Support for political violence jumps in U.S., survey says
Nearly a quarter of Americans agree that "patriots may have to resort to violence in order to save our country" — the most in the nearly three years the question has been asked since Donald Trump's presidency, a new survey says.
Why it matters: The wide-ranging survey by Public Religion Research Institute (PRRI) and the Brookings Institution sheds light on the religious, racial and political differences that are shaping America's increasingly tense politics.
- The report found there is one thing the vast majority of Americans agree on: People across the political spectrum — 75% of all Americans — agree that American democracy is at risk in the 2024 presidential election.
The big picture: The rise in support of political violence comes amid growing mistrust in media, massive demographic shifts across the nation, and a boom in misinformation and unchecked bigoted content on social media.
- It also comes as Trump — the leading GOP presidential hopeful despite facing a litany of criminal charges — has used increasingly extreme, violent rhetoric amid threats to his business empire, livelihood and personal freedom, as Axios' Zachary Basu has reported.
By the numbers: The survey found that 23% of Americans agree that "because things have gotten so far off track, true American patriots may have to resort to violence in order to save our country."
- That's up from 15% in 2021, when the Jan. 6 insurrection led researchers to start asking about political violence, using terms that seek out those who would see such violence as akin to partiotism.
- One-third of Republicans believe that "patriots" may have to resort to violence to "save the country," compared with 22% of independents and 13% of Democrats.
- Those percentages have increased across the board since 2021, when 28% of Republicans, 13% of independents and 7% of Democrats held this belief.
Zoom in: The survey found deep religious and racial differences around beliefs on political violence.
- About 31% of white evangelical Protestants thought violence may be needed to "save the country," compared to 24% of Black Protestants and 21% of Hispanic Catholics.
The intrigue: The report found that Democrats (84%) are the most likely to agree that the future of American democracy is at risk, but 77% of Republicans and 73% of independents also agree.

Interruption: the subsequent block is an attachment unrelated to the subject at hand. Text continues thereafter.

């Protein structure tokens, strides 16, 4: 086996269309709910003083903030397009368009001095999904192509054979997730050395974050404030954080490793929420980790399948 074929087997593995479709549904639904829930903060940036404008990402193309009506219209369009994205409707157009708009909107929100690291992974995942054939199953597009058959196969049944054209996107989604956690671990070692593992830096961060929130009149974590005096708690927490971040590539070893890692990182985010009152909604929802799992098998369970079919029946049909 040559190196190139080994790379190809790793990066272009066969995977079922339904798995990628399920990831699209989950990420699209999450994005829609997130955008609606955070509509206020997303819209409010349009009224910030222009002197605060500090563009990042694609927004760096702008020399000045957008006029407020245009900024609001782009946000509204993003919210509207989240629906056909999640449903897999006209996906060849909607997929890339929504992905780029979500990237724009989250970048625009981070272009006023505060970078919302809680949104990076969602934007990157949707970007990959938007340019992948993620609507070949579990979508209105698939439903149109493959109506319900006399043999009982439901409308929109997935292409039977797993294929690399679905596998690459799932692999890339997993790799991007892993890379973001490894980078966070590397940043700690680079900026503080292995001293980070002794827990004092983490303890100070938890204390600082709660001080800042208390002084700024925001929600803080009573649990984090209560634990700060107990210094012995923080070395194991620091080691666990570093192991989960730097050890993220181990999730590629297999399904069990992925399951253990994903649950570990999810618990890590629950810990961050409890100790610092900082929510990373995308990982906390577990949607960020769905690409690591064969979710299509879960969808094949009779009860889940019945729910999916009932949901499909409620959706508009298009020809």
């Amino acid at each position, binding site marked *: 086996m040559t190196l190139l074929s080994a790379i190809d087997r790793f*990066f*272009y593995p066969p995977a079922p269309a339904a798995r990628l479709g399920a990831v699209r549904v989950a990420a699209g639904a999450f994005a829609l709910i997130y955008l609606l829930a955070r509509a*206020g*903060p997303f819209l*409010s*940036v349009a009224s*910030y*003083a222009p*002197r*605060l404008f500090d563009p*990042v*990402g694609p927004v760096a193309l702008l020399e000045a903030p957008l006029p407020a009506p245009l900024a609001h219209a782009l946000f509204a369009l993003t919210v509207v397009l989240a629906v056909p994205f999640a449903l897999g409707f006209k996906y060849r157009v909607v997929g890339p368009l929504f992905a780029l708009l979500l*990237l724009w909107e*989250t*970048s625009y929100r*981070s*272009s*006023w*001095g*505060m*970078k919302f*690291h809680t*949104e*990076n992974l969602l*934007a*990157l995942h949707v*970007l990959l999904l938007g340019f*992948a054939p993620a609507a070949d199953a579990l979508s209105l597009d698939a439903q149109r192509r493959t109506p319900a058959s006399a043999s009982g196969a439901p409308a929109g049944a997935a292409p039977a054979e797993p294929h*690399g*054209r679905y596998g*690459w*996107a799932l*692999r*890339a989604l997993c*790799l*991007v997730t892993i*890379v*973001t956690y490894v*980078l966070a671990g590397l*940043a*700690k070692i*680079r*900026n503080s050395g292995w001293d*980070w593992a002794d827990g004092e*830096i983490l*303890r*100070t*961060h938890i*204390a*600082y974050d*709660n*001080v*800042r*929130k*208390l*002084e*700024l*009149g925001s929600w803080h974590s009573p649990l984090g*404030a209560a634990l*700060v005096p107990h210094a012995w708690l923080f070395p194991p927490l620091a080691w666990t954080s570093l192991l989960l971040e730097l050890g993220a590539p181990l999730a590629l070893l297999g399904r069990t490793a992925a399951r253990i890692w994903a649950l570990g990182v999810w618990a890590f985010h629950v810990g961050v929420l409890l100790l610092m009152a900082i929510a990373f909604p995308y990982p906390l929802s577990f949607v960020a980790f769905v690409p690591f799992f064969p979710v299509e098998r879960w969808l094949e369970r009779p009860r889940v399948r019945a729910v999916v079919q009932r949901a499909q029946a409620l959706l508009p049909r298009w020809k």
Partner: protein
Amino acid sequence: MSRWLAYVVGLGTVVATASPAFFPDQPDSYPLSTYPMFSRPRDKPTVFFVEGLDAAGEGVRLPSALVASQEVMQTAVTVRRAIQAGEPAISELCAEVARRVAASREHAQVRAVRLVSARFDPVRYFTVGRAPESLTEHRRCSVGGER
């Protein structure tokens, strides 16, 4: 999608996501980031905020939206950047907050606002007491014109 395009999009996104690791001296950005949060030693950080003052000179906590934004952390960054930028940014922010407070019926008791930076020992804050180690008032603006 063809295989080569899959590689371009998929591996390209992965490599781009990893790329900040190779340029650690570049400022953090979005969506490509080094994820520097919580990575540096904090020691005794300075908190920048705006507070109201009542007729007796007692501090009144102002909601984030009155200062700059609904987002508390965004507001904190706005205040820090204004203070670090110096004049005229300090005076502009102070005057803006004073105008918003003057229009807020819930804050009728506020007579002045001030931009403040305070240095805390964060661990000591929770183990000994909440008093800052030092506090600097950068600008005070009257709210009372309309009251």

- Nearly six in ten Americans (57%) say the re-election of Trump would threaten America's democracy and its way of life.
Zoom out: The report also found growing support for political conspiracy and racist theories.
- Nearly four in 10 Americans (38%) said they believed in "white replacement theory" — a decades-old racist notion that immigrants are invading the U.S. and people of color are purposely replacing white people in politics and the economy.
- Across party lines, there has been a significant jump in followers of the conspiracy group QAnon(from 14% to 23%) and a decrease in QAnon rejecters (from 40% to 29%).
- Republicans remain twice as likely as Democrats to be QAnon believers (29% vs. 14%) and three times less likely reject QAnon (14% vs. 43%).
What they're saying: " It looks like the temperature has gone up across the board, but especially among Republicans," said Robert P. Jones, president and founder of PRRI, tells Axios.
- "If you have this sense that your demographic is supposed to be at the top of political power, and elections don't produce that result, then, well, almost everything's justified to bring about the right 'outcome.' "
- He said the survey results indicate white Christian Americans in particular have a sense of entitlement and ownership in the United States because many believe the U.S. was founded for European Christians.
Of note: Support for political violence jumps to even higher levels among Americans who believe the 2020 election was stolen from Trump (46%).
- It's also high among Americans who affirm the core tenet of white Christian nationalism — that God intended America to be a new promised land for European Christians (39%).
Methodology: The American Values Survey was conducted online between Aug. 25-30. The poll is based on a representative sample of 2,525 adults (age 18 and older) living in all 50 states and the District of Columbia who are part of Ipsos' Knowledge Panel®.
- The margin of sampling error is +/- 2.19 percentage points at the 95% confidence level, for results based on the entire sample.